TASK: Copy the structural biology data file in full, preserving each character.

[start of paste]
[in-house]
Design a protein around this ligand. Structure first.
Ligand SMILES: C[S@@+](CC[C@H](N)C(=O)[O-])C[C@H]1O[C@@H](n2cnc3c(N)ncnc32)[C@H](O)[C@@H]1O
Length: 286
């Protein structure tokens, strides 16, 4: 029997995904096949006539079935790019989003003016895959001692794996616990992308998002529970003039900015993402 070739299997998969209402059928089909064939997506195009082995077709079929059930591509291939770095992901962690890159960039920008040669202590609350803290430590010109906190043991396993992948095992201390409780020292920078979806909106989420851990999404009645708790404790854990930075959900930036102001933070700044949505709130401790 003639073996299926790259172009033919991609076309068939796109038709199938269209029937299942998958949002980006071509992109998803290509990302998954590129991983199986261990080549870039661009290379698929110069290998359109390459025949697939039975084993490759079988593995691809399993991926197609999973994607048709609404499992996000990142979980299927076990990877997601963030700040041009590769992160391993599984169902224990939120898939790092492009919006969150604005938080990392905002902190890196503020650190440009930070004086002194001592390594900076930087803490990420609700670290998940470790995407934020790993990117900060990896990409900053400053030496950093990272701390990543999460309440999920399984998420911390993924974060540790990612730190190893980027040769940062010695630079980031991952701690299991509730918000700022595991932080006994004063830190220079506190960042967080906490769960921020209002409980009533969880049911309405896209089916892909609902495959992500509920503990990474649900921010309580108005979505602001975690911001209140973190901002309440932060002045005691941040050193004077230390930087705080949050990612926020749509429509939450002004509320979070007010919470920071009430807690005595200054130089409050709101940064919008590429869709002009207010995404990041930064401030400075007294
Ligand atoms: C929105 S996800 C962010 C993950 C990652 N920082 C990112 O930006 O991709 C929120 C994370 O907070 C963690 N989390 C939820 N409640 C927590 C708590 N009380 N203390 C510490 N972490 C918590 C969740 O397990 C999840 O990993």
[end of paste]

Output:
[in-house]
Design a protein around this ligand. Structure first.
Ligand SMILES: C[S@@+](CC[C@H](N)C(=O)[O-])C[C@H]1O[C@@H](n2cnc3c(N)ncnc32)[C@H](O)[C@@H]1O
Length: 286
């Protein structure tokens, strides 16, 4: 029997995904096949006539079935790019989003003016895959001692794996616990992308998002529970003039900015993402 070739299997998969209402059928089909064939997506195009082995077709079929059930591509291939770095992901962690890159960039920008040669202590609350803290430590010109906190043991396993992948095992201390409780020292920078979806909106989420851990999404009645708790404790854990930075959900930036102001933070700044949505709130401790 003639073996299926790259172009033919991609076309068939796109038709199938269209029937299942998958949002980006071509992109998803290509990302998954590129991983199986261990080549870039661009290379698929110069290998359109390459025949697939039975084993490759079988593995691809399993991926197609999973994607048709609404499992996000990142979980299927076990990877997601963030700040041009590769992160391993599984169902224990939120898939790092492009919006969150604005938080990392905002902190890196503020650190440009930070004086002194001592390594900076930087803490990420609700670290998940470790995407934020790993990117900060990896990409900053400053030496950093990272701390990543999460309440999920399984998420911390993924974060540790990612730190190893980027040769940062010695630079980031991952701690299991509730918000700022595991932080006994004063830190220079506190960042967080906490769960921020209002409980009533969880049911309405896209089916892909609902495959992500509920503990990474649900921010309580108005979505602001975690911001209140973190901002309440932060002045005691941040050193004077230390930087705080949050990612926020749509429509939450002004509320979070007010919470920071009430807690005595200054130089409050709101940064919008590429869709002009207010995404990041930064401030400075007294
Ligand atoms: C929105 S996800 C962010 C993950 C990652 N920082 C990112 O930006 O991709 C929120 C994370 O907070 C963690 N989390 C939820 N409640 C927590 C708590 N009380 N203390 C510490 N972490 C918590 C969740 O397990 C999840 O990993």